The fruits and leaves of Brazilian pepper tree have medicinal properties as anti-diarrheal, astringent, diuretic, purgative, stomachic, tonic, anti-inflammatory, fungicidal and bactericidal (FENNER et al., 2006).
Thus, studies aimed at forestry studies about development and nutrition of Brazilian pepper tree, in view of the domestication and cultivation of this species for commercial production, are critical to reducing the extraction and acquisition of high quality raw material.
Due to the low fertility of the soil, the Brazilian pepper tree was studied with the following levels of K (66.67, 133.33, 200, 266.67 and 333.33 mg [kg.sup.-1] of [K.sub.2]O, corresponding to 20, 40, 60, 80 and 100 kg [ha.sup.-1] of [K.sub.2]O) using as a source KCl fertilizer.
The fruits of Brazilian pepper tree were collected from one tree in Medicinal Plant Garden, which were scarified in a sieve 2 mm of mesh to remove the pericarp.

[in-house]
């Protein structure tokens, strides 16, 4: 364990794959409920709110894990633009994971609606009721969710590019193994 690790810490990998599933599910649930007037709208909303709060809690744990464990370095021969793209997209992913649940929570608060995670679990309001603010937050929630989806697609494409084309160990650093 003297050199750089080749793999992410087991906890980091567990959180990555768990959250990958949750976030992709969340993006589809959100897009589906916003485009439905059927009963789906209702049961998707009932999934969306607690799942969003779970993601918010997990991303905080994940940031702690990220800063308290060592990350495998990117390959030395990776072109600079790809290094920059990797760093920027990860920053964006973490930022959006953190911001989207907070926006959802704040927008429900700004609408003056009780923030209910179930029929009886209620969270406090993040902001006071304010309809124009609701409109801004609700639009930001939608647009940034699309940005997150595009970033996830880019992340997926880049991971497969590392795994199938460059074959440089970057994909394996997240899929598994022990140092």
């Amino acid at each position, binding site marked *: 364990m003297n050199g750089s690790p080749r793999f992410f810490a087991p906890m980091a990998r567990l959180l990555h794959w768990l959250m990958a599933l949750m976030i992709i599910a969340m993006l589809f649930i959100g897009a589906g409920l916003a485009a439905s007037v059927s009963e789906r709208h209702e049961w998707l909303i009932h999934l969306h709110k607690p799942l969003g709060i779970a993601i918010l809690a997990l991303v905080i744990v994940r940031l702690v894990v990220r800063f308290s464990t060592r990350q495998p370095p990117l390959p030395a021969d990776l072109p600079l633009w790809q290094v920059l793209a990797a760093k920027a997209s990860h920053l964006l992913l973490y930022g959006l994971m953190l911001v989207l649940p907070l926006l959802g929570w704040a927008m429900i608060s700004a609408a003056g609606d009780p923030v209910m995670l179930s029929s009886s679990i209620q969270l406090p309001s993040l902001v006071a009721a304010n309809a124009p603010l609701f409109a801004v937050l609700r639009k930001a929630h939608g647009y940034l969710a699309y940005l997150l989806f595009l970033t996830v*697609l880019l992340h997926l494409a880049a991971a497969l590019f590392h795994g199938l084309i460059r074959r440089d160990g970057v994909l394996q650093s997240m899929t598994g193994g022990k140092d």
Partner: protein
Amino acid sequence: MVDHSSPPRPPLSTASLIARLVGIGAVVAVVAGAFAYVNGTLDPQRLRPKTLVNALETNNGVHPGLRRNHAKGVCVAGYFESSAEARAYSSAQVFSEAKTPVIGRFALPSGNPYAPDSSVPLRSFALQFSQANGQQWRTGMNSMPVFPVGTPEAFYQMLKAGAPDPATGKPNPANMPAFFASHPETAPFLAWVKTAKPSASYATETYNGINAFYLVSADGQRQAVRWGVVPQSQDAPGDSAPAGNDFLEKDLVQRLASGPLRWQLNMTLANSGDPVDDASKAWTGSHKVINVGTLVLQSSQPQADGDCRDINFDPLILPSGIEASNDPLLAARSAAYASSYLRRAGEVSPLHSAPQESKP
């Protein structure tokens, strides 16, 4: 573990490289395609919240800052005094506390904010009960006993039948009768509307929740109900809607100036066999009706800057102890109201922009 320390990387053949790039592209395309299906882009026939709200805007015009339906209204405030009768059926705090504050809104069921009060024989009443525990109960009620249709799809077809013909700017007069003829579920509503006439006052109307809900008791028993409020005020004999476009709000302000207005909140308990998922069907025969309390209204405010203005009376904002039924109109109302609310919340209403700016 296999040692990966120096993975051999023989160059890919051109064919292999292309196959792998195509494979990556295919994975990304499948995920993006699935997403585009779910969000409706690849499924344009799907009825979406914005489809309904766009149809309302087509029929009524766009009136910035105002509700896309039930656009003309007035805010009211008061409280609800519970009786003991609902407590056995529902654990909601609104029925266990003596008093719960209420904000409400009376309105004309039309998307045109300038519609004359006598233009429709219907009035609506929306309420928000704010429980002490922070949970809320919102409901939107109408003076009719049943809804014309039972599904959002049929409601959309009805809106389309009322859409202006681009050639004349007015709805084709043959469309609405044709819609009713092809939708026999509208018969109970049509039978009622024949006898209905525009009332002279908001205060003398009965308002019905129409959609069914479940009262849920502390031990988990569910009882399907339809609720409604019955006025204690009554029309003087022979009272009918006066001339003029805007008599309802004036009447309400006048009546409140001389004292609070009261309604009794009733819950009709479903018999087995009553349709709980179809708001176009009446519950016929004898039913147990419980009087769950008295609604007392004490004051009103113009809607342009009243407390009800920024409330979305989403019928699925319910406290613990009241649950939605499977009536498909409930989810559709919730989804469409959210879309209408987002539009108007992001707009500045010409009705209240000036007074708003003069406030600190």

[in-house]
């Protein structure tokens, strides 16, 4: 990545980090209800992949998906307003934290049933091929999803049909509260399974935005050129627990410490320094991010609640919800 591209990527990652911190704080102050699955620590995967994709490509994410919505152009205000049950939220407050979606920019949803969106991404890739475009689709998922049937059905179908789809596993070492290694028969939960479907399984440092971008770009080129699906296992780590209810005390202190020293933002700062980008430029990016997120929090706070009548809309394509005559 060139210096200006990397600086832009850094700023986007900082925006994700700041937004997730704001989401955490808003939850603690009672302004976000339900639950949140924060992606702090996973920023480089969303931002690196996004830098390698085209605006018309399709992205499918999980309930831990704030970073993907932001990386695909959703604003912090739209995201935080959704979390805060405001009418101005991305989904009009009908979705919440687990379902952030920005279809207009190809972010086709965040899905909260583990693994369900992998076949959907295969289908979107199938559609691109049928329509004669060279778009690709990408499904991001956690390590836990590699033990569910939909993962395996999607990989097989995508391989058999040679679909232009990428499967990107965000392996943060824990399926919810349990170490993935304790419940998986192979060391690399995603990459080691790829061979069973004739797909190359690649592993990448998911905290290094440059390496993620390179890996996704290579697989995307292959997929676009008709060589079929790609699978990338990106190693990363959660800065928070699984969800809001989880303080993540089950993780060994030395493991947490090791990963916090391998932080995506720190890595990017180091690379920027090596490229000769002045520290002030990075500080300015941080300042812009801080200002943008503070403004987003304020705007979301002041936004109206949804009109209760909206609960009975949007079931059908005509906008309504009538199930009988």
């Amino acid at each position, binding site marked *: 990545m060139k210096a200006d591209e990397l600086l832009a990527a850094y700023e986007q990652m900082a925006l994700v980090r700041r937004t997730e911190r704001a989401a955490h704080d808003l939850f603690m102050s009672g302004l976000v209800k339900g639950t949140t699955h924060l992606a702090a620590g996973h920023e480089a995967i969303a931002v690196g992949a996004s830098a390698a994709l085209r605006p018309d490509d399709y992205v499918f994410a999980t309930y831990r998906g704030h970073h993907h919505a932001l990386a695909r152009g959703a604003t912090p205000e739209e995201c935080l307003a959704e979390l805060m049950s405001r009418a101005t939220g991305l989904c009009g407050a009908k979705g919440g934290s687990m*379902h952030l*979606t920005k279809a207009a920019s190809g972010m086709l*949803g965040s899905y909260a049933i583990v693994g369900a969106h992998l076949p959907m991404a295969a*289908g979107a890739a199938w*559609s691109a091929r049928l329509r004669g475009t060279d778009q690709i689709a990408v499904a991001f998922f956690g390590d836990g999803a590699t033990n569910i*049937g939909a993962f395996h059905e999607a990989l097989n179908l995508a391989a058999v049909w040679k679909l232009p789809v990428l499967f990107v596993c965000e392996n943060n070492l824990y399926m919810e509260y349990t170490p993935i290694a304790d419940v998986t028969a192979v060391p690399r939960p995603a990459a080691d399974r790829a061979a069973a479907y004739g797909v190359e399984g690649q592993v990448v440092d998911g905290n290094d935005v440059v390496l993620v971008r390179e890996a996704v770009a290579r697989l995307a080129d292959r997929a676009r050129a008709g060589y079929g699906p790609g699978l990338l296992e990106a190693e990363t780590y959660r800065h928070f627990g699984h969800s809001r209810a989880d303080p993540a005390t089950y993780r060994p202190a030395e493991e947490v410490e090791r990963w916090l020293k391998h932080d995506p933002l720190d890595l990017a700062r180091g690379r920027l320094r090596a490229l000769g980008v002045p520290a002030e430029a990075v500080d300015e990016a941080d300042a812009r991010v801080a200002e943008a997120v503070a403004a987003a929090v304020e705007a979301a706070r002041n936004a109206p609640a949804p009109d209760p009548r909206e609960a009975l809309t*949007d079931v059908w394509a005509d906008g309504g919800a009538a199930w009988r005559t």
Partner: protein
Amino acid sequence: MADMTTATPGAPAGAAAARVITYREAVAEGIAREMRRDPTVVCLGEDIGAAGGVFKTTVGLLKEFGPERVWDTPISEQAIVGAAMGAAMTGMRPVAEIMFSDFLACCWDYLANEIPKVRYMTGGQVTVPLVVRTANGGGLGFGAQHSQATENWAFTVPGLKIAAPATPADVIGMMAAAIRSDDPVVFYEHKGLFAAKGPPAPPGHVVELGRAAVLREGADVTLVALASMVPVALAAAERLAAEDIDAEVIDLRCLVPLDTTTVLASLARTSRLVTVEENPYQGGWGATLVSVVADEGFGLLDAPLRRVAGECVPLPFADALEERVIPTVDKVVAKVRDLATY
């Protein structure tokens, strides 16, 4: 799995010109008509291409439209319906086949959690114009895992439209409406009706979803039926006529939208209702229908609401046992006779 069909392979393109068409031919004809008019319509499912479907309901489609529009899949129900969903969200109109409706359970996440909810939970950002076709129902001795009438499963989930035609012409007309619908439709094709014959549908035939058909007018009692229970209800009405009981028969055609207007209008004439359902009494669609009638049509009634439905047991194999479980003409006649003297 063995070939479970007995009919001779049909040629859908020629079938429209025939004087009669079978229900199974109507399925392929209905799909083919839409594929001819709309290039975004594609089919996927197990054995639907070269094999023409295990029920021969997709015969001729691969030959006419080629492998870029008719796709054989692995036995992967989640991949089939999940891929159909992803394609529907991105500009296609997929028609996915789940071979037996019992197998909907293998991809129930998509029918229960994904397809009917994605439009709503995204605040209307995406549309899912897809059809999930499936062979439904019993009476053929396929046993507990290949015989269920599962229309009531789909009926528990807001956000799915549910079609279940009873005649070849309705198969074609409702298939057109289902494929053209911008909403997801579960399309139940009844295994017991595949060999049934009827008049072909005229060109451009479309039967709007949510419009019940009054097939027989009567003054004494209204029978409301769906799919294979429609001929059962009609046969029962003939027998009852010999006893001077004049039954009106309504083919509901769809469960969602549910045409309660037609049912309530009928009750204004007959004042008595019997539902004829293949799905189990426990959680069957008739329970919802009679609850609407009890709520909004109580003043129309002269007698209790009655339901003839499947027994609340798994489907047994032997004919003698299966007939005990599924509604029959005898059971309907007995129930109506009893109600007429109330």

Carnevali (2014), studying the use of gypsum and phosphorus in the initial growth and nutritional efficiency of Brazilian pepper tree, found that in full sun at 165 days after the plants had higher height (61.8 cm) and larger diameter (9.36 mm) at the highest [P.sub.2][O.sub.5] dose.
Cultivating the Brazilian pepper tree in complete nutrient solution during 120 days, Andrade and Boareto (2012) verified that K is the element with the highest concentration in shoot (726 mg/plant), followed by N (572 mg/plant).
In the Brazilian pepper tree seedlings, P and Mg were the nutrients with lower contents, however, they were most effective in producing dry matter.
The potassium fertilization increased the development of the Brazilian pepper tree, the higher plant heights and stem diameter were obtained when the plants were cultivated with 210 mg [kg.sup.-1] of [K.sub.2]O and the greater dry masses of the aerial part, leaf area and content and nutrient when plants were grown with the level of 66.67 mg [kg.sup.-1] [K.sub.2]O.
"The Brazilian pepper tree outcompetes the native vegetation," Mr.
Base officials are in the process of developing techniques to slow and hopefully stop the spread of the Brazilian pepper tree, and that will help not only the Air Force installation, but also the entire state where the tree has spread.